Hillary Clinton, 2016 Democratic nominee. Photo from Photos for Class.

Hillary Clinton, 2016 Democratic nominee. Photo from Photos for Class.

Equality vs. Fairness

Suppose there are three starving individuals surrounding a box of ten chicken strips. One person is underweight, another is overweight, and the last is average. This situation can go one of two ways.

 The first way: the situation is solved through the concept of equality. As a result, each person is provided with the same amount of chicken.

The second way: the situation is dealt through the idea of fairness. Therefore, circumstance is taken into account; this means the overweight person would receive the least amount of chicken, while the underweight receives the most, and the average-weight individual receives the average between the two.

 Left up to Republicans, the situation would be run in the first example while Democrats would play it similarly to the latter. However, Republicans often criticize their opponents because they believe equality is achieved not through equal possessions, but through equal opportunity to gain possessions; upholding the conservative concept of self-government. On the flip-side, Democrats disapprove of this conservative ideal because just as completely and evenly dividing ten chicken pieces by three is impossible, instilling equality nationwide is also impossible.

The Facts

Photo from Photos for Class.

Photo from Photos for Class.

The best way to compose a voter’s guide is to present national issues as well as each candidate’s stance regarding each topic. With that basic information, the voter is left to decide what to do next with it. Sometimes a citizen casts their vote for a candidate because they are in agreement with most issues more than the opponent. Other times, one votes for a candidate because they are in agreement on what they feel is the most important issue. Nonetheless, the voter should take the facts--the objectivity–into consideration when filling their ballot.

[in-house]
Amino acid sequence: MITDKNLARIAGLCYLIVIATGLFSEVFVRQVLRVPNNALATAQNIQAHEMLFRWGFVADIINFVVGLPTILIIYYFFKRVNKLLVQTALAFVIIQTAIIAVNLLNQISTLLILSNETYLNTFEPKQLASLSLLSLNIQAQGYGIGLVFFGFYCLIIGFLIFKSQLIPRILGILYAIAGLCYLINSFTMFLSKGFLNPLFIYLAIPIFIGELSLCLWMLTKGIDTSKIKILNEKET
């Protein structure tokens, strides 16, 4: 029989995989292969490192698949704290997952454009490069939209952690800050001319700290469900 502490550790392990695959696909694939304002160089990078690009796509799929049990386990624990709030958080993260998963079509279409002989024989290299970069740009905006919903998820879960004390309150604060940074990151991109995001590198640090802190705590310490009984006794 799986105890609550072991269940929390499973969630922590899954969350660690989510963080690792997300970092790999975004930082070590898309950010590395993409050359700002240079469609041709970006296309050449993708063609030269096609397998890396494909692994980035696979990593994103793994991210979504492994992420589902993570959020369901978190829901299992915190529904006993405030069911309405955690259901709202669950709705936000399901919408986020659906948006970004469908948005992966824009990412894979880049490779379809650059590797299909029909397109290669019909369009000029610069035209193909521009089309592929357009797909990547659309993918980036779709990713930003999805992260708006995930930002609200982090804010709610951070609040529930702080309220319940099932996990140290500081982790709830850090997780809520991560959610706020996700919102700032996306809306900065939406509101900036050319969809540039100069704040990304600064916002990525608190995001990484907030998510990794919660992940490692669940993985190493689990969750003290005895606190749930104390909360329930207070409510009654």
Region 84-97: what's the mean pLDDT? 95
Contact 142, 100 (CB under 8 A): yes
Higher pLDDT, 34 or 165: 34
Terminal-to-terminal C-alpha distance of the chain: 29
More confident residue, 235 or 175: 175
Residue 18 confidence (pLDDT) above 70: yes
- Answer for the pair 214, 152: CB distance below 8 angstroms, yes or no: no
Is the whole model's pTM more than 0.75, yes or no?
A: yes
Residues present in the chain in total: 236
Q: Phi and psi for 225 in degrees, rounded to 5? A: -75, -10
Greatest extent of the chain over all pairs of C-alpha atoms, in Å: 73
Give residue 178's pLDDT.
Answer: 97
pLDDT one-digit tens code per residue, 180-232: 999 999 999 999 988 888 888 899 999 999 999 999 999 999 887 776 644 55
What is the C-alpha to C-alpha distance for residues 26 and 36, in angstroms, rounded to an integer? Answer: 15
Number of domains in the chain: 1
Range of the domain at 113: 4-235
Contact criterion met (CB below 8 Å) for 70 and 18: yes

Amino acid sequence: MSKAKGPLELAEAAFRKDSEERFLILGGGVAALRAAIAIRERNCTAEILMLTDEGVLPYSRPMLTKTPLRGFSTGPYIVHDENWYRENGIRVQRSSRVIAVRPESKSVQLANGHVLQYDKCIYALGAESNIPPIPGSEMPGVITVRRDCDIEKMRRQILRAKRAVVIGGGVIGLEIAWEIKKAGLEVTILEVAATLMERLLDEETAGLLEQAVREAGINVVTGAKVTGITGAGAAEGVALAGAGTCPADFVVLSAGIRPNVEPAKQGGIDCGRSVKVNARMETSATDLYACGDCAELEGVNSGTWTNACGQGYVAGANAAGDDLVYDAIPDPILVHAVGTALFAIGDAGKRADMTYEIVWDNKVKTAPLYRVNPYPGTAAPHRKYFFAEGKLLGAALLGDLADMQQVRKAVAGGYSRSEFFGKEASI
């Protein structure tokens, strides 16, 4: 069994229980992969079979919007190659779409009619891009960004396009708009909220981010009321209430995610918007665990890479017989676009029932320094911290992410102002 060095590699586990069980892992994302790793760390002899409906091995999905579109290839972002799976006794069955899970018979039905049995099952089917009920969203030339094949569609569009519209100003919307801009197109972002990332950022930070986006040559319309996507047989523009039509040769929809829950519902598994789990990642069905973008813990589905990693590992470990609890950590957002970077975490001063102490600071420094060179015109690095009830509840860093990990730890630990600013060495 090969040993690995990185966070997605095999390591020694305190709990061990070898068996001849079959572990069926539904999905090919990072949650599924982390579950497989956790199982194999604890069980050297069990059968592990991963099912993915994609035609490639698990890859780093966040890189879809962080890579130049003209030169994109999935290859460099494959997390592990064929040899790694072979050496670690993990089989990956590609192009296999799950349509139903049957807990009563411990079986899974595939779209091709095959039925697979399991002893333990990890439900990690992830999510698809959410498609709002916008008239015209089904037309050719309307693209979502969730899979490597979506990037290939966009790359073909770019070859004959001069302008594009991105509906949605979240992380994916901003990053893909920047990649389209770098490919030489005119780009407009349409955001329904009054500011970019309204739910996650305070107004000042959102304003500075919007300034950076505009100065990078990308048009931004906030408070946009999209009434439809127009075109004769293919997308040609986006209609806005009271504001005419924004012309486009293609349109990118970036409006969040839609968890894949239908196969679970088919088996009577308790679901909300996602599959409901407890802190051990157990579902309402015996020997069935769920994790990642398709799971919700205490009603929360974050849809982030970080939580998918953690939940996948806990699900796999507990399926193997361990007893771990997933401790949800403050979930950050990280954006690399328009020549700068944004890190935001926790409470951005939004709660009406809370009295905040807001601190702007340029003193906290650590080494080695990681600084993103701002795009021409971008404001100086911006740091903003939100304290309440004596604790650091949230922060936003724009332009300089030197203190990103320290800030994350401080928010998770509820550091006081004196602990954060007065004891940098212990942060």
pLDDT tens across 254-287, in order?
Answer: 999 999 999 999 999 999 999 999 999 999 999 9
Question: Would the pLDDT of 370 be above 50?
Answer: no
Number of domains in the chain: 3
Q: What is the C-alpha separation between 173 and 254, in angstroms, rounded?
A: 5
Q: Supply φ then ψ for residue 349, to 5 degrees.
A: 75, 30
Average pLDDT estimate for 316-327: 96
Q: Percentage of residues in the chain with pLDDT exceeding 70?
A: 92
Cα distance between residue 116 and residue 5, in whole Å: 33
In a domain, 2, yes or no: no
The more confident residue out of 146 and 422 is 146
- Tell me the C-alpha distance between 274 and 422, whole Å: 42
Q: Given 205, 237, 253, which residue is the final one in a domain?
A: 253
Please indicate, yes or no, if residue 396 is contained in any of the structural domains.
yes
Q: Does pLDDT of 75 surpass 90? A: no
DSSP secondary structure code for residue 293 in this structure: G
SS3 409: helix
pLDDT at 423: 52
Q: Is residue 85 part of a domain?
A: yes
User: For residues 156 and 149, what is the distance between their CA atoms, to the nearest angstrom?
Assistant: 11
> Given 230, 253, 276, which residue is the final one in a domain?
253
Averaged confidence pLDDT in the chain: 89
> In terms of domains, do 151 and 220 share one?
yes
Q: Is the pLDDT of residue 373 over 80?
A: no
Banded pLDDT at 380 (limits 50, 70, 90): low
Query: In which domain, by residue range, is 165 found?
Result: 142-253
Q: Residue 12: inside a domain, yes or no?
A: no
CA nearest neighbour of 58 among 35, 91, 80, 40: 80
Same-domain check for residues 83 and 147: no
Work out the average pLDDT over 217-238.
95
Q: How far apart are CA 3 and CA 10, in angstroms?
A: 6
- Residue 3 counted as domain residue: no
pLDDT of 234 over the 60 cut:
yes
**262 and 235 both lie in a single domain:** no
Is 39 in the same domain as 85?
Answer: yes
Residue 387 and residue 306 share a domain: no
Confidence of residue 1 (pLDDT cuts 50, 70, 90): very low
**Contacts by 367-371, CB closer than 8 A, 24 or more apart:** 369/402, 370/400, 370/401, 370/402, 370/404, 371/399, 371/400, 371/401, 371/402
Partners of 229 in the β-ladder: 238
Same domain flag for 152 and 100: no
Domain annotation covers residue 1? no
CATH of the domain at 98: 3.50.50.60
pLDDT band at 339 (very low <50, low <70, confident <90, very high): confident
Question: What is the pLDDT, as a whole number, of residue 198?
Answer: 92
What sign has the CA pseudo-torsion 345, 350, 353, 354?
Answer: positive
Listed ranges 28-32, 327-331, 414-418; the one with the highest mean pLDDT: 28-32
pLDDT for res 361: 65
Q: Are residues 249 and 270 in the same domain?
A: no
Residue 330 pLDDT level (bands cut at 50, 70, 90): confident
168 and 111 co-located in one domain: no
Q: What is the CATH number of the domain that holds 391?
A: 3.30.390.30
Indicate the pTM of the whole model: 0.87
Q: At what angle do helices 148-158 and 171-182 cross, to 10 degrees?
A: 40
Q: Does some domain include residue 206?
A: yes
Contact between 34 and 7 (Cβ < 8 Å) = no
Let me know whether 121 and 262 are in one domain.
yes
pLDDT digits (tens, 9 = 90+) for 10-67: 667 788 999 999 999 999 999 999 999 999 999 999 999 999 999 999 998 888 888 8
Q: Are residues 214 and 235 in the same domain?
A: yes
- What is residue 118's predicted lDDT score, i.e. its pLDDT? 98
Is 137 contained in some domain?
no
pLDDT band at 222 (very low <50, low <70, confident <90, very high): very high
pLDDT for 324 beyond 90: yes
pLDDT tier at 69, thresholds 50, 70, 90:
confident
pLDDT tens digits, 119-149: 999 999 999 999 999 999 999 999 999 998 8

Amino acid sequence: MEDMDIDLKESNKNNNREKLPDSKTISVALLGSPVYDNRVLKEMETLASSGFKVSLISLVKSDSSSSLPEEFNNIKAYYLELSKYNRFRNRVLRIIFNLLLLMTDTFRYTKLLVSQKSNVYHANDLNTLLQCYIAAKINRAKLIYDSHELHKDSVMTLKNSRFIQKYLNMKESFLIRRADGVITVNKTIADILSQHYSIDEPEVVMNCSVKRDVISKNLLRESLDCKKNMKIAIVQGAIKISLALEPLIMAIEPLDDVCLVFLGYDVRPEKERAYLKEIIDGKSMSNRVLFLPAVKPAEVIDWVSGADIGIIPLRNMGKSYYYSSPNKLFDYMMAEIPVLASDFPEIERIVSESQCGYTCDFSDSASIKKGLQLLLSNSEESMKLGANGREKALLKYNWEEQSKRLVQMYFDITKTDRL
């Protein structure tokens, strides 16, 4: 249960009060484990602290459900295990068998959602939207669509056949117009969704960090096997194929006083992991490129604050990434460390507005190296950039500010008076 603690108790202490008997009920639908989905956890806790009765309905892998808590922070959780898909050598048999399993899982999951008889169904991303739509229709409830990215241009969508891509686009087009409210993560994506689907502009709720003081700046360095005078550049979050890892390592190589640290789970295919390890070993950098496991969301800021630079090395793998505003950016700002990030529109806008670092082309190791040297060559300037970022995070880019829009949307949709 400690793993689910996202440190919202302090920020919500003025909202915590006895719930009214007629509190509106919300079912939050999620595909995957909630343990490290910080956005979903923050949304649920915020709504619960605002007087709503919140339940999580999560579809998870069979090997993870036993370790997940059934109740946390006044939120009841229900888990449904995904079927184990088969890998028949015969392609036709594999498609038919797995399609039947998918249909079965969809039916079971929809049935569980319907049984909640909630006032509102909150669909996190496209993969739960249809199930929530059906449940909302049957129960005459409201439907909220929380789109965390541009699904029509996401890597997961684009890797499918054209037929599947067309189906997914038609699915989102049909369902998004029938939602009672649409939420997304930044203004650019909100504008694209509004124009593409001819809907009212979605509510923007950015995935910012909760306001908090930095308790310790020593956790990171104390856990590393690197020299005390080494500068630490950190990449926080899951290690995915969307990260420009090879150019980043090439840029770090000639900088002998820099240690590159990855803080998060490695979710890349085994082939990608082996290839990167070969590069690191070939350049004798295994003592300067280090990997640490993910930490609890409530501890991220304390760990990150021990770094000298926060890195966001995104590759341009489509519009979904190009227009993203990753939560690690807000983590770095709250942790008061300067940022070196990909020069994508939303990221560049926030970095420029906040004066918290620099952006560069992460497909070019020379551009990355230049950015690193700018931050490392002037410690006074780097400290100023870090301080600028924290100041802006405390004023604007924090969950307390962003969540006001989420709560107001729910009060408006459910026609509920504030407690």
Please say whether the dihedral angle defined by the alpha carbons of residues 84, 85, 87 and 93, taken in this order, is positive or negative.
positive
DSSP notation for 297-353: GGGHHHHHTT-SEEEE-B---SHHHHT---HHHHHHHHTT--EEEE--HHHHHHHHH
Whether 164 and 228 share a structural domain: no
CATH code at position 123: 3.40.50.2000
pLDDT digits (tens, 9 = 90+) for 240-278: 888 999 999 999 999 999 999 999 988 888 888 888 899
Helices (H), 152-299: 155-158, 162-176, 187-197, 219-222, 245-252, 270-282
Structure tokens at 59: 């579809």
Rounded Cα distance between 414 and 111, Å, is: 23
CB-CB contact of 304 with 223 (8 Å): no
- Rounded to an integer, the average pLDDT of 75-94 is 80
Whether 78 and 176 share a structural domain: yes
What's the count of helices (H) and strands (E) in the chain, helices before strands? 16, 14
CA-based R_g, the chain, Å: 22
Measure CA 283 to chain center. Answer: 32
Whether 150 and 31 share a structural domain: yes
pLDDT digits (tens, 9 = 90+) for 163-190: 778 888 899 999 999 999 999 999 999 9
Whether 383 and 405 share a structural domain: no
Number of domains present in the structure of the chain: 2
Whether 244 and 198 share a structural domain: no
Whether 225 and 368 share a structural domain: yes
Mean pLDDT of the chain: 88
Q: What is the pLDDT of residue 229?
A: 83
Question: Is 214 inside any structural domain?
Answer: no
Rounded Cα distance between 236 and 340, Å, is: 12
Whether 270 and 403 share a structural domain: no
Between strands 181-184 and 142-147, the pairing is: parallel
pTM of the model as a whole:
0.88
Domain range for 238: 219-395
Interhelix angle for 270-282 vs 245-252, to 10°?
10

• Interpretation of the Constitution
    • Trump: supports appointing Supreme Court judges who interpret the Constitution exactly as it was written
    • Clinton: believes there should be a variety of interpretations as a means of combating “groupthink."
  • Affordable Care Act
    • Trump: making a strong effort to repeal the Affordable Care Act, aka Obamacare
    • Clinton: resisting Trump's movement
  • Abortion
    • Trump: believes it is never okay except in the circumstances of rape, incest, or health
    • Clinton: supports it up to the eighth month of pregnancy
  • Planned Parenthood
    • Trump: opposes the idea of giving tax dollars to Planned Parenthood
    • Clinton: plans on continuing this if she is President
  • Taxes
    • Trump: urging to repeal estate tax, aka death tax
    • Clinton: plans on continuing this if she is President 
  • Free Speech
    • Trump: supports political and religious free speech
    • Clinton: believes there should be political speech and activity restrictions for churches and tax-exempt nonprofit organizations

It can be difficult to refrain from getting sucked into the excess drama constantly involved with politics. But the drama tends to cloud over and distract people from what is factual. According to the survey, it showed 40% of the individuals used subjectivity to decide their vote. Again, subjectivity shouldn't be completely ignored, but it shouldn't be the primary reason as to who one votes for. There will always be some percentage of voters who will not use facts as a basis of their vote, but I believe it is our job as intelligent beings to get that 40% down to an absolute minimum. 

Chandler Williams '17